There is a time in every man’s education when he arrives at the conviction that envy is ignorance; that imitation is suicide; that he must take himself for better or for worse as his portion; that though the wide universe is full of good, no kernel of nourishing corn can come to him but through his toil bestowed on that plot of ground which is given to him to till. The power which resides in him is new in nature, and none but he knows what that is which he can do, nor does he know until he has tried.
On Sunday, April 22, in response to the tragic suicide of a 14-year-old boy who had been relentlessly hasassed and bullied after coming out as gay, the Sioux City Journal faced down those who would say that bullying is simply a part of life and declared, “those people are wrong, and must be shouted down.”
We must make it clear in our actions and our words that bullying will not be tolerated. Those of us in public life must be ever mindful of the words we choose, especially in the contentious political debates that have defined out times. More importantly, we must not be afraid to act.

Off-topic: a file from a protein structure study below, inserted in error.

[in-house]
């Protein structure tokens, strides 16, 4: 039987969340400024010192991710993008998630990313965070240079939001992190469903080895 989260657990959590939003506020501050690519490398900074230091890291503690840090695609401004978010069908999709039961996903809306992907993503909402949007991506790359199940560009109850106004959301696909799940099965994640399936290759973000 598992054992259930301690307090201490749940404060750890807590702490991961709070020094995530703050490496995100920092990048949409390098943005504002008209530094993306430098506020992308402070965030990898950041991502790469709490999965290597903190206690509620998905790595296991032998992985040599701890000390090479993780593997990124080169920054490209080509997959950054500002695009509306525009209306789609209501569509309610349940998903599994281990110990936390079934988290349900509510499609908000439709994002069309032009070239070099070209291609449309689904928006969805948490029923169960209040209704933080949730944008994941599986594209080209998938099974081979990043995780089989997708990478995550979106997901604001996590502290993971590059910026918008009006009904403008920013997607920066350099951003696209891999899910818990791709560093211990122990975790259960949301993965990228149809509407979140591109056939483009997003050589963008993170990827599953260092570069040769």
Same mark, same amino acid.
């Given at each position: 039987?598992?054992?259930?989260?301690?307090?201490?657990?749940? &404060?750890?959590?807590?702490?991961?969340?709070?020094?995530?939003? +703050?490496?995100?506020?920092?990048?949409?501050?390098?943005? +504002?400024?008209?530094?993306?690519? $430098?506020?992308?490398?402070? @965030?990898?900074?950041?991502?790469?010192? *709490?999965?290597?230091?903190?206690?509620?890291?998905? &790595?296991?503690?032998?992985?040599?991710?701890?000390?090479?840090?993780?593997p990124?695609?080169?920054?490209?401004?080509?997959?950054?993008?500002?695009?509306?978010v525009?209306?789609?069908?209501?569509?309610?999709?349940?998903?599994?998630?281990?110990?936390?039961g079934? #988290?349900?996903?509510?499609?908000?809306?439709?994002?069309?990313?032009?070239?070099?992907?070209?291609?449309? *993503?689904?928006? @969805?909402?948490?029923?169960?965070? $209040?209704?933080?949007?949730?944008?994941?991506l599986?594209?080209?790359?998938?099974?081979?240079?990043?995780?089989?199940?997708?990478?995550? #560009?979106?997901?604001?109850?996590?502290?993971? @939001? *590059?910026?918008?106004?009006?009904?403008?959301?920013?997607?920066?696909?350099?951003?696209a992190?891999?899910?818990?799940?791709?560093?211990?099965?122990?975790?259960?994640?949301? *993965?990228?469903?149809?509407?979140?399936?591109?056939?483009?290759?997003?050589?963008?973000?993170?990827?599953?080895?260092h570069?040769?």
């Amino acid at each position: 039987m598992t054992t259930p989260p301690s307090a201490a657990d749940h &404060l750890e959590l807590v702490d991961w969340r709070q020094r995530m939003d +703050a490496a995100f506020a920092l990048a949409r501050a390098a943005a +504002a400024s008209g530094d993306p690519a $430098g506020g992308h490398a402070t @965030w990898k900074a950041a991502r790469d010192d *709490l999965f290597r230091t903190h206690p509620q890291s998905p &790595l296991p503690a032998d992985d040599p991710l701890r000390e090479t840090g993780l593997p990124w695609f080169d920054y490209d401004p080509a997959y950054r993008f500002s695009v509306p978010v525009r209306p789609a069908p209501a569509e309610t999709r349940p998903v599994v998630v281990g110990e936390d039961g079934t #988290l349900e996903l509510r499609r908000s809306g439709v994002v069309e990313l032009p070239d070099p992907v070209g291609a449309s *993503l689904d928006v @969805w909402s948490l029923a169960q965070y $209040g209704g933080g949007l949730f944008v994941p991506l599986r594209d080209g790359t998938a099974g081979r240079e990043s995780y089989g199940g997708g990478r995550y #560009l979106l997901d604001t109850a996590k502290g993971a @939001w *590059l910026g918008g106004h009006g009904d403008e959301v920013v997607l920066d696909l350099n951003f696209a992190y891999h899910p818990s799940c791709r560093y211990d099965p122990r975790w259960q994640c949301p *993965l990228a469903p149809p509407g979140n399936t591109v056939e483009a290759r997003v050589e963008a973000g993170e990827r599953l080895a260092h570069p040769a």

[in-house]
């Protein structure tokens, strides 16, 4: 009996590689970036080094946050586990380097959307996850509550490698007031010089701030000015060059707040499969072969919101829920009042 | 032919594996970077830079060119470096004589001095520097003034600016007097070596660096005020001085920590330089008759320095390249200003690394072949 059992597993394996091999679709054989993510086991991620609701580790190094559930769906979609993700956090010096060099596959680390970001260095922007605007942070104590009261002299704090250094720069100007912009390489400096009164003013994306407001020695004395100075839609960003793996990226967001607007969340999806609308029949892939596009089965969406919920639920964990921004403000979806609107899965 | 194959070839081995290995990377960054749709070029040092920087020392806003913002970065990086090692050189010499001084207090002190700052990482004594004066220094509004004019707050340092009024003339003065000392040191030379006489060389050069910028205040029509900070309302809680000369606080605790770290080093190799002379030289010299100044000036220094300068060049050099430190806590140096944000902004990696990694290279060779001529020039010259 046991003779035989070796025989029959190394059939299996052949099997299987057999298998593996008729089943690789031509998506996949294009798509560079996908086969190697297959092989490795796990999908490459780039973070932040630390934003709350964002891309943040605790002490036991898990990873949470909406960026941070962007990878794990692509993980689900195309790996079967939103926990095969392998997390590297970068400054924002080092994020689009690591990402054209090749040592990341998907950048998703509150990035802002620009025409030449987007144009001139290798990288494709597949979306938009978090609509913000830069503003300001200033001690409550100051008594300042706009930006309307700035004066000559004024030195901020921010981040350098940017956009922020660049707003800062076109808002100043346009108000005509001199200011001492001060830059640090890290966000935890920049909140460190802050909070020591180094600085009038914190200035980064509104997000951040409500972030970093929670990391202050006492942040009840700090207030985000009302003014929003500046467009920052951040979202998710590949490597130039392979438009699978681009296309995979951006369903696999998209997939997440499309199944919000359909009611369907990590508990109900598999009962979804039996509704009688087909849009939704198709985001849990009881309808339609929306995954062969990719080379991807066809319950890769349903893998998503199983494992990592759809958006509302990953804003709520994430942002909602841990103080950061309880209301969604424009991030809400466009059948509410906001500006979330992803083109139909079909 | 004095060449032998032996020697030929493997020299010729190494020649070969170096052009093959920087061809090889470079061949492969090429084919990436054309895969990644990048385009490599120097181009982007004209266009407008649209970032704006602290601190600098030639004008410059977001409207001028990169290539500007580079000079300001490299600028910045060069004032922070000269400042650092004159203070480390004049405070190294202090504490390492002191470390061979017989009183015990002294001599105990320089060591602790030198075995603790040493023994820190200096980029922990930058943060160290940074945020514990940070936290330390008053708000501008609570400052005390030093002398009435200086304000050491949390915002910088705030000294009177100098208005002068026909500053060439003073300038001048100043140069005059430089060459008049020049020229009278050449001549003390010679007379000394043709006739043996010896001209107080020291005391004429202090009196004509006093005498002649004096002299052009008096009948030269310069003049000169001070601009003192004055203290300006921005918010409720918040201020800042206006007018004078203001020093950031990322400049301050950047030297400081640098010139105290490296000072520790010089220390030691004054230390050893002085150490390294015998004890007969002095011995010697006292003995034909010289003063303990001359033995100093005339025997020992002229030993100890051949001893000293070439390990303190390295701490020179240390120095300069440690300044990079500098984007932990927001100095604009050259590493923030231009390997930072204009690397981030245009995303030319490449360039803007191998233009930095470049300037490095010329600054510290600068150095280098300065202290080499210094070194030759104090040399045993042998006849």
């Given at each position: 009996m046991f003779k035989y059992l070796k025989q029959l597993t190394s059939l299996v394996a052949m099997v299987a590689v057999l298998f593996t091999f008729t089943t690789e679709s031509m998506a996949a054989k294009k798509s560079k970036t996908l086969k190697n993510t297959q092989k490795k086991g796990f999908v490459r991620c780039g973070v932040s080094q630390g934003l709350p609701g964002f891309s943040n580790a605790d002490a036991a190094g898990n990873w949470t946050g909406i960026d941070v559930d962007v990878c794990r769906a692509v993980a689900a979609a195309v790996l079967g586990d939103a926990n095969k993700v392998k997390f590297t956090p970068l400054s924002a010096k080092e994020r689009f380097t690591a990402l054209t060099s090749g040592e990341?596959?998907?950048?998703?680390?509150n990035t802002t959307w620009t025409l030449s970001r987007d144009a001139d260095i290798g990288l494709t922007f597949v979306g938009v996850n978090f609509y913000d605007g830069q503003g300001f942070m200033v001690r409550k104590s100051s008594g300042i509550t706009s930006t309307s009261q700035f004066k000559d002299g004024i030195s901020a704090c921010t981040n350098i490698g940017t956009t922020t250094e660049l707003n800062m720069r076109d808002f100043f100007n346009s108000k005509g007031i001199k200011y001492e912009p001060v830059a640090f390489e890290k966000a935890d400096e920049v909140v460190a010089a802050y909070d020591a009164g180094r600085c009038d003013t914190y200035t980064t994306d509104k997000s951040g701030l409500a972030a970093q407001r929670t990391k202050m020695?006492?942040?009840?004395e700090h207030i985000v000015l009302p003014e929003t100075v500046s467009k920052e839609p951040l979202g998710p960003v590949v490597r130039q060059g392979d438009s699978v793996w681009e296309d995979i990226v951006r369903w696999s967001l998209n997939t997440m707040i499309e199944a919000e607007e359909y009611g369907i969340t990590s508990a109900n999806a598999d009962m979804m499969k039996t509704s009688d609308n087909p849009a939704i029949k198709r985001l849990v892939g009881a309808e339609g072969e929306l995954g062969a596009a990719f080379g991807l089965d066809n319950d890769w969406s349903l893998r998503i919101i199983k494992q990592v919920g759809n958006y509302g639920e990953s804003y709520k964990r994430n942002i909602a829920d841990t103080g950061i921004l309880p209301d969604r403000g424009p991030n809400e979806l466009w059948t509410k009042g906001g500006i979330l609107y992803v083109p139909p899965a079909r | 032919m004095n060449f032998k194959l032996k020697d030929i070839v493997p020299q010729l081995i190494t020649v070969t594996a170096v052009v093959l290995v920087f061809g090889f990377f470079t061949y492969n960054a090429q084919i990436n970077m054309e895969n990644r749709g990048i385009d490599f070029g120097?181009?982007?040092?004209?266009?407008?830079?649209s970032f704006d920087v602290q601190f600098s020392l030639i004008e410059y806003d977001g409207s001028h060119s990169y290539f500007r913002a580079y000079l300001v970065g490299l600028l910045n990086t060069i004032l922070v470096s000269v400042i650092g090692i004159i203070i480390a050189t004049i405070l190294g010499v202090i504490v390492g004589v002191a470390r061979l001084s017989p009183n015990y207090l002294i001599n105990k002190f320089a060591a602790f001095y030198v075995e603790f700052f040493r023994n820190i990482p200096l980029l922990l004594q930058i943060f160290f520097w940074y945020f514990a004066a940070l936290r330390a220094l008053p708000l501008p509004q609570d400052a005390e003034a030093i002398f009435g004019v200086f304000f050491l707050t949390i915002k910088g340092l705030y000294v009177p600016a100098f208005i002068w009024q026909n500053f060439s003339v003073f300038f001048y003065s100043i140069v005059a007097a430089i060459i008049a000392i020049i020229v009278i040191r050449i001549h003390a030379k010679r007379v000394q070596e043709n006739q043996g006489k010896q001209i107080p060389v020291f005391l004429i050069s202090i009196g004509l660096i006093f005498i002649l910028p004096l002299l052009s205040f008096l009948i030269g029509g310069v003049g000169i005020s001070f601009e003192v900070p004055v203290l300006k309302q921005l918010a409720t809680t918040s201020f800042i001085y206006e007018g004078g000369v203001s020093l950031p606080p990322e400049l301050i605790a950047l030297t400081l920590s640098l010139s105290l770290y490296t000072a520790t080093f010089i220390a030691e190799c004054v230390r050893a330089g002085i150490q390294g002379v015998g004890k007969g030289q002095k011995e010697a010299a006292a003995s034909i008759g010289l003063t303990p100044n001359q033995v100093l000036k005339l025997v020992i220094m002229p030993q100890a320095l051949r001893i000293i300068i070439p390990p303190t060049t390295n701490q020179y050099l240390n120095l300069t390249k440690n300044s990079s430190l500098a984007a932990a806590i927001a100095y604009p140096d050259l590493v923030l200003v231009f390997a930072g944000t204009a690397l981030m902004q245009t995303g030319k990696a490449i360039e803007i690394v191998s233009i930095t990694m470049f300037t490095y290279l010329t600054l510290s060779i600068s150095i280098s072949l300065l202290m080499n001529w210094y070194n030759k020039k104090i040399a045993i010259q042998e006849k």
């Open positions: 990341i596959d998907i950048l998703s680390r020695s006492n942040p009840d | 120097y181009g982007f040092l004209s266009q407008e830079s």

The Journal published the following full page opinion piece on the front page of the paper to stand up to bullies, to those who condone their behavior and to their apologists.
“Siouxland lost a young life to a senseless, shameful tragedy last week. By all accounts, Kenneth Weishuhn was a kind-hearted, fun-loving teenage boy, always looking to make others smile. But when the South O’Brien High School 14-year-old told friends he was gay, the harassment and bullying began. It didn’t let up until he took his own life.